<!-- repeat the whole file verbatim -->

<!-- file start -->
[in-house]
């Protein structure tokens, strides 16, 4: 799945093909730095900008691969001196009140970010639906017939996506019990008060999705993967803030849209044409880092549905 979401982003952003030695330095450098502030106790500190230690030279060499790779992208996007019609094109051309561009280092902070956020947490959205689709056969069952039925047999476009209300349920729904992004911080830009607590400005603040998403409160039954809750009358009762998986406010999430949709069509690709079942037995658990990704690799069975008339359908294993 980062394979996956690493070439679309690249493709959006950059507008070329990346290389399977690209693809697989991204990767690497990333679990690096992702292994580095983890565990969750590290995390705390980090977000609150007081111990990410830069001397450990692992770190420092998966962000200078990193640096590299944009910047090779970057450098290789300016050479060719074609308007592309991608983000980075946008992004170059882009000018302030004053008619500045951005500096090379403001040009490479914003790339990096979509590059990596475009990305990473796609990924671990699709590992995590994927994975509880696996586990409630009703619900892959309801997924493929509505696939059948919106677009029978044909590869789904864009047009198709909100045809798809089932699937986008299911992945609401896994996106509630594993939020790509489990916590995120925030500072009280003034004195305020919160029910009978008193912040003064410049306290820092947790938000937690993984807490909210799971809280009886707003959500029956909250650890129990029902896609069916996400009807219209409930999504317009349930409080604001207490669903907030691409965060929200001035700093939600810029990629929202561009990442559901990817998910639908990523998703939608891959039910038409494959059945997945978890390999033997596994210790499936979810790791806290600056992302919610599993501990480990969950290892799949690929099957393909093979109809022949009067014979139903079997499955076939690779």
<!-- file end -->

[in-house]
């Protein structure tokens, strides 16, 4: 799945093909730095900008691969001196009140970010639906017939996506019990008060999705993967803030849209044409880092549905 979401982003952003030695330095450098502030106790500190230690030279060499790779992208996007019609094109051309561009280092902070956020947490959205689709056969069952039925047999476009209300349920729904992004911080830009607590400005603040998403409160039954809750009358009762998986406010999430949709069509690709079942037995658990990704690799069975008339359908294993 980062394979996956690493070439679309690249493709959006950059507008070329990346290389399977690209693809697989991204990767690497990333679990690096992702292994580095983890565990969750590290995390705390980090977000609150007081111990990410830069001397450990692992770190420092998966962000200078990193640096590299944009910047090779970057450098290789300016050479060719074609308007592309991608983000980075946008992004170059882009000018302030004053008619500045951005500096090379403001040009490479914003790339990096979509590059990596475009990305990473796609990924671990699709590992995590994927994975509880696996586990409630009703619900892959309801997924493929509505696939059948919106677009029978044909590869789904864009047009198709909100045809798809089932699937986008299911992945609401896994996106509630594993939020790509489990916590995120925030500072009280003034004195305020919160029910009978008193912040003064410049306290820092947790938000937690993984807490909210799971809280009886707003959500029956909250650890129990029902896609069916996400009807219209409930999504317009349930409080604001207490669903907030691409965060929200001035700093939600810029990629929202561009990442559901990817998910639908990523998703939608891959039910038409494959059945997945978890390999033997596994210790499936979810790791806290600056992302919610599993501990480990969950290892799949690929099957393909093979109809022949009067014979139903079997499955076939690779």